I woke this morning, and as the typical fellow human with accounts to various social media sites/apps and started to check my feed. I noticed every so often that a particular post was ‘trending’ on my timeline.
Amidst the spectacle of the Rio Olympics, the circus of the world, the United States Presidential Election 2016; it was images of a weary-looking boy, sitting alone and bewildered after being plucked from a bombed building that could possibly once been his home.
Bloody, confused, scared, but most importantly-innocent, the world met 5-year-old Omran Daqneesh. It was Omran who made the headlines, cover stories, that made the air strike attack in Aleppo go viral. It was images of this child that brought shock and revulsion from both Syrians and us ‘foreigners’ on social media around the globe.
Omran Daqneesh is now known as, “the boy in the ambulance”- which in retrospect, brought me back to the image of Aylan Kurdi, the Syrian boy whose body was found washed up in a beach in Turkey a little over a year ago after his family attempted to escape the harshness of what’s presently going on in Syria. Then, it was Aylan’s body that brought the world’s attention to the growing refugee crisis, now its Omran’s.
The children, these families, individuals, masses who have lost their lives to a pointless war all because of conflicts caused by hate, why? Why is nothing being done? Is it because people are being misplaced by governments that only care to profit and care less about those caught in the crossfire? If we can stand up for a football team, why can’t we stand up for humans in need?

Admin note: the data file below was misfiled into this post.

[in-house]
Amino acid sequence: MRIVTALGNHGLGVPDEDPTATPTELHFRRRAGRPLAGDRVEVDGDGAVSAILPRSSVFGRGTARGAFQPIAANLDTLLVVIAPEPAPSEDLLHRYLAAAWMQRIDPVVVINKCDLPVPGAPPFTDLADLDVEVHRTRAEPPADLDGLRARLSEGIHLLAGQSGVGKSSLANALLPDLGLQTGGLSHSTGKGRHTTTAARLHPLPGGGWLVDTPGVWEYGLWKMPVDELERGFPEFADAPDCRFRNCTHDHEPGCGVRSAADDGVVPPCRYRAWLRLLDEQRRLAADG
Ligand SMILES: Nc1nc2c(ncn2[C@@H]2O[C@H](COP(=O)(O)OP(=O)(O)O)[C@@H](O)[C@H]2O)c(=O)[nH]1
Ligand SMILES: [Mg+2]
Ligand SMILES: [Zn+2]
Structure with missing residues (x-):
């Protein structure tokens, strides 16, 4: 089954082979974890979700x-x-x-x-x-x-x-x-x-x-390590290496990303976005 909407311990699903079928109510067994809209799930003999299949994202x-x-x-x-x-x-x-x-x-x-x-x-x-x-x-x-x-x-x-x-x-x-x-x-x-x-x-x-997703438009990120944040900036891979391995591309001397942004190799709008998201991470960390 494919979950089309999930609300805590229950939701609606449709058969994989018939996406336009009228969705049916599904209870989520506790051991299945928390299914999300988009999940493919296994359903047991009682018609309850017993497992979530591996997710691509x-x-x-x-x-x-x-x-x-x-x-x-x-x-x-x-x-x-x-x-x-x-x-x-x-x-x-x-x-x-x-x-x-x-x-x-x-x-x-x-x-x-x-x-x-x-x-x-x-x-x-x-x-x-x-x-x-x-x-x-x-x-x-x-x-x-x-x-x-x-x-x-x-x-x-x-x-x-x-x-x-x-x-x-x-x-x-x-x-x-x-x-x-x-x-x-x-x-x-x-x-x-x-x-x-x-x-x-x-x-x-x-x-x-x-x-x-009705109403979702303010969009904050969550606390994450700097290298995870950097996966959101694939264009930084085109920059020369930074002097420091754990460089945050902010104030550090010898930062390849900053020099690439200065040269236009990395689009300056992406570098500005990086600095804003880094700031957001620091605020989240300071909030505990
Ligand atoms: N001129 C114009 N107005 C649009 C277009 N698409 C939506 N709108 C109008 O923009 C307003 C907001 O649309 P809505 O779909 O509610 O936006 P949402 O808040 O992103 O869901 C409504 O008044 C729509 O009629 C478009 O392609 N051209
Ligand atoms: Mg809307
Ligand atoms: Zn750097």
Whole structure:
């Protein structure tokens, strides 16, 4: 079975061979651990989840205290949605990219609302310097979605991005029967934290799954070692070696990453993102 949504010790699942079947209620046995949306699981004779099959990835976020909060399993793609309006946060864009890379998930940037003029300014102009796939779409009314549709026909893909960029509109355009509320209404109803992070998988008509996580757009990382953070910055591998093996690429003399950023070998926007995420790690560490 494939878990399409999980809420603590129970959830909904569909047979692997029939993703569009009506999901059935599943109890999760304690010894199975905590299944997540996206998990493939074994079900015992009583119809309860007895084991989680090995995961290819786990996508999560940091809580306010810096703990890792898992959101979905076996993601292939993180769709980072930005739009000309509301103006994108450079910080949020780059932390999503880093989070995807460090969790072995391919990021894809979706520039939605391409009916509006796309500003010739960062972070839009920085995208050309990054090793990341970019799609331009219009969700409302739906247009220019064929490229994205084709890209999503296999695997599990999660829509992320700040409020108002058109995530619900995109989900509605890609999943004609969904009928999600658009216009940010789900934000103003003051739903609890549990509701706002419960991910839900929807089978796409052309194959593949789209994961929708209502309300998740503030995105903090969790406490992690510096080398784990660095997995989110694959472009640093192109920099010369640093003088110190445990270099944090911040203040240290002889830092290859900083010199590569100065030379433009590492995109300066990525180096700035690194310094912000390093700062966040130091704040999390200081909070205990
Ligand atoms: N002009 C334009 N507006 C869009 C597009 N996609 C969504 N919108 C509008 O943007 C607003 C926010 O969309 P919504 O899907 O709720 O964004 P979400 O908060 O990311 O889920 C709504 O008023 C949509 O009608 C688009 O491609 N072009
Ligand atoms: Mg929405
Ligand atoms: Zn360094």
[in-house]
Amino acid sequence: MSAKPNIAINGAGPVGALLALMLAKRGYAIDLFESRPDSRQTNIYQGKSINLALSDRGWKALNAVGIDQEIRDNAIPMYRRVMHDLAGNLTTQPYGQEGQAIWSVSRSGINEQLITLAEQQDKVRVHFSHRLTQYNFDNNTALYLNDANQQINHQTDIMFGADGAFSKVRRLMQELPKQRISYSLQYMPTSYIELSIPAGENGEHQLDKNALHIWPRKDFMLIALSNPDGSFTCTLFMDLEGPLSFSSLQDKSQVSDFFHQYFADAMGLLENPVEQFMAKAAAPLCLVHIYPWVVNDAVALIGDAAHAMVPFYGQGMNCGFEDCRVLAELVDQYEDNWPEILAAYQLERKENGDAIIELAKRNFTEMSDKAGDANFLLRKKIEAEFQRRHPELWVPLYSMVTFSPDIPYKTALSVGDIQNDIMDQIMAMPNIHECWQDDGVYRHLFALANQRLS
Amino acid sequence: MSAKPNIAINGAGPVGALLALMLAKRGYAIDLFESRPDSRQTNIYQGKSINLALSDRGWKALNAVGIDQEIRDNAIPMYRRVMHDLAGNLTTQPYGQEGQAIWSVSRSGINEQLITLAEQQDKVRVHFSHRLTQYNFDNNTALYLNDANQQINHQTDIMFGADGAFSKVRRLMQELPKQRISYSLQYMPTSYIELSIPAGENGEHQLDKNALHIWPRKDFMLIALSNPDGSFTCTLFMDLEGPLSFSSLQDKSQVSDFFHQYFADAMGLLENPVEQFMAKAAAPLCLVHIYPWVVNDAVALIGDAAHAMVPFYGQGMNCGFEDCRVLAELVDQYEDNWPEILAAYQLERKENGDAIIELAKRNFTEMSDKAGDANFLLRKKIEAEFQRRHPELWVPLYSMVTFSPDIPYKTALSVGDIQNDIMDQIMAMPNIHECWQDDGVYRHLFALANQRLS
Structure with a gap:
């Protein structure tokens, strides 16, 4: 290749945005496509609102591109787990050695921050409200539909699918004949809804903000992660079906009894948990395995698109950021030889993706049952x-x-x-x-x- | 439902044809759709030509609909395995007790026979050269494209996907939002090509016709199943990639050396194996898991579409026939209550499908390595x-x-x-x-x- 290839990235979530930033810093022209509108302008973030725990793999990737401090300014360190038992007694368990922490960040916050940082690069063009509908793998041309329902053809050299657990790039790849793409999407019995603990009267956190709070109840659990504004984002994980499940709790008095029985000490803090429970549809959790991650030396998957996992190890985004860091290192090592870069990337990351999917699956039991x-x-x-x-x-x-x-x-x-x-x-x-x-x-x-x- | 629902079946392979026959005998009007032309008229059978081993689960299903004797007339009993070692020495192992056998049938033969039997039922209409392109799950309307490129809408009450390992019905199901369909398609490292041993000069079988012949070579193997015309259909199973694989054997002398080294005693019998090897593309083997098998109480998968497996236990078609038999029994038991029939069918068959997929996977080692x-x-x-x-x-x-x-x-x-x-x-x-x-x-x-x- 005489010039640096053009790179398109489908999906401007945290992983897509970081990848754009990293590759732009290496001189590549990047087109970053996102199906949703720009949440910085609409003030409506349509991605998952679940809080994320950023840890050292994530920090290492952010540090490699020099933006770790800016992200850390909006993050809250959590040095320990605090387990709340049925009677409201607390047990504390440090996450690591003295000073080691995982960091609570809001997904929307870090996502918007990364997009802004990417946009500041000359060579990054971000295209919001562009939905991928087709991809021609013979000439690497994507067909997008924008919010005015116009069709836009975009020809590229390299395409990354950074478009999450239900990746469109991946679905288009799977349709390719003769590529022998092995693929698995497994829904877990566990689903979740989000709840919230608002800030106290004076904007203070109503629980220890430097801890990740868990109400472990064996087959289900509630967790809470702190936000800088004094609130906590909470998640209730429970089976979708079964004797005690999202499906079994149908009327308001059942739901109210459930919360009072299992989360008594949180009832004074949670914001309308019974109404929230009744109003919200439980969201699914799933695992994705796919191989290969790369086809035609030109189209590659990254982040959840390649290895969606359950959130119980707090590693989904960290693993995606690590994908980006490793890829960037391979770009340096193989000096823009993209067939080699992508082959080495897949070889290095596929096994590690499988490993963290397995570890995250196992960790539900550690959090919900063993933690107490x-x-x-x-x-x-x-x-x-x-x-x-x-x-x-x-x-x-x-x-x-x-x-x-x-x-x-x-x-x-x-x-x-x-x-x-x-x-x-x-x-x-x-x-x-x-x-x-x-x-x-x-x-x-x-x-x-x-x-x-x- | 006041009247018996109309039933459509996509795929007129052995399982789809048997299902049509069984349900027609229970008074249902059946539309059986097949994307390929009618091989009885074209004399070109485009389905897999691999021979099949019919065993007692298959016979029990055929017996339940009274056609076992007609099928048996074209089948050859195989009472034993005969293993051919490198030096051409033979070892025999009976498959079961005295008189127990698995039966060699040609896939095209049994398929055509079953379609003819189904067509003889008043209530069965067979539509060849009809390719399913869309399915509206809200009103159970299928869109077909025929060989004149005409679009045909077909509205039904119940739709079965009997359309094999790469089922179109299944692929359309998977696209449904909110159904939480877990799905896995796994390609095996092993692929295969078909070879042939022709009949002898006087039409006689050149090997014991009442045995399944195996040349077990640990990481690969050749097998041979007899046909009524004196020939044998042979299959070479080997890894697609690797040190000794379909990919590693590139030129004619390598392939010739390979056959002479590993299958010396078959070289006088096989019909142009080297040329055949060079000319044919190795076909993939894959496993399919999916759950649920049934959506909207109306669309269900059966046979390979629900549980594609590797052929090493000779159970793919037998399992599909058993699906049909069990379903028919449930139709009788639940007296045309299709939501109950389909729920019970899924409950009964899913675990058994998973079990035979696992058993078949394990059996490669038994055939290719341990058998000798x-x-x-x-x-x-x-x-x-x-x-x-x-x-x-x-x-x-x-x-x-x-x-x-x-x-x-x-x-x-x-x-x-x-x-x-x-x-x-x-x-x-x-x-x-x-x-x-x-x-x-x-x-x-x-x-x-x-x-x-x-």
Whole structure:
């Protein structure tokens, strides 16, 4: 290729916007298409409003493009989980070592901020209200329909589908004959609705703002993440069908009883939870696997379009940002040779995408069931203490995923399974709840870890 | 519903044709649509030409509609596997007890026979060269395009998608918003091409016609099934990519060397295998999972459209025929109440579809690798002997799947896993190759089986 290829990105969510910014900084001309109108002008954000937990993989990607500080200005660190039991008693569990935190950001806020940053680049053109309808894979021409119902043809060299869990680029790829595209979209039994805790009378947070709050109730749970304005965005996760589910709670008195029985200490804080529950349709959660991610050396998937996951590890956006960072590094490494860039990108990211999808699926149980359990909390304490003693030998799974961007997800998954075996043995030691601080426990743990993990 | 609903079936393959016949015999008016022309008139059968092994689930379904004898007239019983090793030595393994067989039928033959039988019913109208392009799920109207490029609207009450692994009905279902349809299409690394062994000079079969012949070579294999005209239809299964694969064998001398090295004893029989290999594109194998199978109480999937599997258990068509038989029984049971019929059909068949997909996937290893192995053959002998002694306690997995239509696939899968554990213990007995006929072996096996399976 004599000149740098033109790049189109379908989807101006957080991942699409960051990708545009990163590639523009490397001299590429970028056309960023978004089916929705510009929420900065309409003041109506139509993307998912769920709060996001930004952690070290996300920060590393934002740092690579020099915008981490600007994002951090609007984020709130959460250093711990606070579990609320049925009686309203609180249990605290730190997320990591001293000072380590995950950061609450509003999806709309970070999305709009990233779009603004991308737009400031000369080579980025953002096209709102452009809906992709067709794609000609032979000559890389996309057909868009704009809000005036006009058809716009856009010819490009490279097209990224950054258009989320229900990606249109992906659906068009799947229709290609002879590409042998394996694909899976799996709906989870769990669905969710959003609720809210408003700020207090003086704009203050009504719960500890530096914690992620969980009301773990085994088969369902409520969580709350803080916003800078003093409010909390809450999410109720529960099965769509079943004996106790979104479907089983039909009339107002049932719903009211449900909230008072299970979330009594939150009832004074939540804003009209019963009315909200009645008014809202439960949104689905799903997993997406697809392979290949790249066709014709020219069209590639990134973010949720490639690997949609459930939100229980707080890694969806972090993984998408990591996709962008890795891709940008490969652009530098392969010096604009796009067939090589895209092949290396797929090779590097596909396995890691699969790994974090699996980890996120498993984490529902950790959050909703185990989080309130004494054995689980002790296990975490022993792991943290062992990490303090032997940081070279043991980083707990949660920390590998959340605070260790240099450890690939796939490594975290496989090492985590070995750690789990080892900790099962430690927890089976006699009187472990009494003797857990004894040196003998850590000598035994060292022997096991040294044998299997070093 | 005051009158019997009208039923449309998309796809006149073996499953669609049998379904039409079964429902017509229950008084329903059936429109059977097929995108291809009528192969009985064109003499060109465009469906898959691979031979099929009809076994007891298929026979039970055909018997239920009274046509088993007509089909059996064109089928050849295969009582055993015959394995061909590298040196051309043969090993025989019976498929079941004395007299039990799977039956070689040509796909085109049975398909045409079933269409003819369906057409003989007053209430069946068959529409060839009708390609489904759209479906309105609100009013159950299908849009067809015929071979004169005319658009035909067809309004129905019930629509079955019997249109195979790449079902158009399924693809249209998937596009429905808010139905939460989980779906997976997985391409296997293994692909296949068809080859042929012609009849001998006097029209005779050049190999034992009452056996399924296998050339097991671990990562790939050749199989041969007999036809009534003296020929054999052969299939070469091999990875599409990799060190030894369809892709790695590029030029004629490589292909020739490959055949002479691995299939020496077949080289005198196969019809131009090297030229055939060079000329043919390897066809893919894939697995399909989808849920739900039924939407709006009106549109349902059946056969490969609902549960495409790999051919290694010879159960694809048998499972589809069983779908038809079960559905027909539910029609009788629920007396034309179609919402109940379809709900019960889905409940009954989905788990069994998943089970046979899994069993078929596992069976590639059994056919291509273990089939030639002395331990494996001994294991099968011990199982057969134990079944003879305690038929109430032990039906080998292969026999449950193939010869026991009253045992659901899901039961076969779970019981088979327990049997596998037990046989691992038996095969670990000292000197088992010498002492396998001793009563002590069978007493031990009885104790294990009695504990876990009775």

Truth be told, it is because our attention span to issues as tragic as this wavers. To be honest, yes, the image of the boy tugged at my heart for I am a sister, and as a general individual caught up in the medias various hyper-commercialism of things, the image of a child suffering is going to settle in the mind longer than had it been his entire family on the cover. He, as mentioned has become headlined in all major newsoutets, but what got me to writing was the fact that various sites have created him to be an emblem of despair for the country.
Would you want your child to be labeled a “symbol of suffering?” I should hope to think not. What’s worse, there are hundreds of other images of dead and injured children from Syria that are being shared daily on social media. Pieces of children’s bodies being pulled from rubble are photographed with appalling regularity in this war of indiscriminate attacks. Why make these children into the icons of war? Has Syria’s cries really not been heard thus far, so much that they are putting forth innocence to at least our heads turned to the screen for a second?
And here we are, in America, feeling sorry for the boy. Why? In the images, he has not shed one tear. Through this traumatic ordeal, he still faces life and moves on. The one thing call to mind is that this is children we are talking about. In no way should we be glorifying their suffering for a means to an end- in this case, war. There are other ways to go about this, but please, do not bring images of children who have unknowingly been afflicted by the world of hate and love. Protect the image of innocence, not enhance the suffering.